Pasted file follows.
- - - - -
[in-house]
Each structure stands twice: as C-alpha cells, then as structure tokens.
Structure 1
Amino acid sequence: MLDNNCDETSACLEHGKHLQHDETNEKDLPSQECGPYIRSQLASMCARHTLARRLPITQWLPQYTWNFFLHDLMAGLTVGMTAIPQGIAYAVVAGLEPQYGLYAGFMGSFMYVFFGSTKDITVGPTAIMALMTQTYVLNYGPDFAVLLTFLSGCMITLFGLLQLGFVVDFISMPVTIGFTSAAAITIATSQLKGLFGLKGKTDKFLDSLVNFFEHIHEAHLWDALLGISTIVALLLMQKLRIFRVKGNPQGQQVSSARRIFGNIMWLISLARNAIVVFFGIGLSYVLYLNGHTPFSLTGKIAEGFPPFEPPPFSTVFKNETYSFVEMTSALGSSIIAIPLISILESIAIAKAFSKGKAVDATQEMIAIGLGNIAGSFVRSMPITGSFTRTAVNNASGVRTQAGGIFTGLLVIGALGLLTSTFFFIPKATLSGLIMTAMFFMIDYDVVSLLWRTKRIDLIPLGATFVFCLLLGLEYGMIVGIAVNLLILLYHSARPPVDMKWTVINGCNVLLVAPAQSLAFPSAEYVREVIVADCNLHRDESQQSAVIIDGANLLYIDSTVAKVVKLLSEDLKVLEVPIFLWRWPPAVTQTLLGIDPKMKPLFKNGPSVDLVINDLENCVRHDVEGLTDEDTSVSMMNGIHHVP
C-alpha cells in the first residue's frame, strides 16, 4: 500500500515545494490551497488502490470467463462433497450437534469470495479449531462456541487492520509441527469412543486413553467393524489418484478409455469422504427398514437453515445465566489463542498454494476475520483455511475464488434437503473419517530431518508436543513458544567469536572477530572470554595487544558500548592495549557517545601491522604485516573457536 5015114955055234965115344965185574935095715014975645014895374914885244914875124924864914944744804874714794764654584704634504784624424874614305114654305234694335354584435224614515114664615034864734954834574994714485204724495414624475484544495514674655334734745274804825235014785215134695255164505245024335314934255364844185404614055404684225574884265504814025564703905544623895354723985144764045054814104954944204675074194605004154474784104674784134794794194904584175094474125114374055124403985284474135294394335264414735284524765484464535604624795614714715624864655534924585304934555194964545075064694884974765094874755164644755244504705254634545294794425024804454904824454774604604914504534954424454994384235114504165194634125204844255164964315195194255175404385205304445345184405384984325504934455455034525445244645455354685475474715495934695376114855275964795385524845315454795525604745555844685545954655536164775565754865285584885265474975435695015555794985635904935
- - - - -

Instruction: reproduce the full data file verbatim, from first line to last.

[in-house]
Each structure stands twice: as C-alpha cells, then as structure tokens.
Structure 1
Amino acid sequence: MLDNNCDETSACLEHGKHLQHDETNEKDLPSQECGPYIRSQLASMCARHTLARRLPITQWLPQYTWNFFLHDLMAGLTVGMTAIPQGIAYAVVAGLEPQYGLYAGFMGSFMYVFFGSTKDITVGPTAIMALMTQTYVLNYGPDFAVLLTFLSGCMITLFGLLQLGFVVDFISMPVTIGFTSAAAITIATSQLKGLFGLKGKTDKFLDSLVNFFEHIHEAHLWDALLGISTIVALLLMQKLRIFRVKGNPQGQQVSSARRIFGNIMWLISLARNAIVVFFGIGLSYVLYLNGHTPFSLTGKIAEGFPPFEPPPFSTVFKNETYSFVEMTSALGSSIIAIPLISILESIAIAKAFSKGKAVDATQEMIAIGLGNIAGSFVRSMPITGSFTRTAVNNASGVRTQAGGIFTGLLVIGALGLLTSTFFFIPKATLSGLIMTAMFFMIDYDVVSLLWRTKRIDLIPLGATFVFCLLLGLEYGMIVGIAVNLLILLYHSARPPVDMKWTVINGCNVLLVAPAQSLAFPSAEYVREVIVADCNLHRDESQQSAVIIDGANLLYIDSTVAKVVKLLSEDLKVLEVPIFLWRWPPAVTQTLLGIDPKMKPLFKNGPSVDLVINDLENCVRHDVEGLTDEDTSVSMMNGIHHVP
C-alpha cells in the first residue's frame, strides 16, 4: 500500500515545494490551497488502490470467463462433497450437534469470495479449531462456541487492520509441527469412543486413553467393524489418484478409455469422504427398514437453515445465566489463542498454494476475520483455511475464488434437503473419517530431518508436543513458544567469536572477530572470554595487544558500548592495549557517545601491522604485516573457536 5015114955055234965115344965185574935095715014975645014895374914885244914875124924864914944744804874714794764654584704634504784624424874614305114654305234694335354584435224614515114664615034864734954834574994714485204724495414624475484544495514674655334734745274804825235014785215134695255164505245024335314934255364844185404614055404684225574884265504814025564703905544623895354723985144764045054814104954944204675074194605004154474784104674784134794794194904584175094474125114374055124403985284474135294394335264414735284524765484464535604624795614714715624864655534924585304934555194964545075064694884974765094874755164644755244504705254634545294794425024804454904824454774604604914504534954424454994384235114504165194634125204844255164964315195194255175404385205304445345184405384984325504934455455034525445244645455354685475474715495934695376114855275964795385524845315454795525604745555844685545954655536164775565754865285584885265474975435695015555794985635904935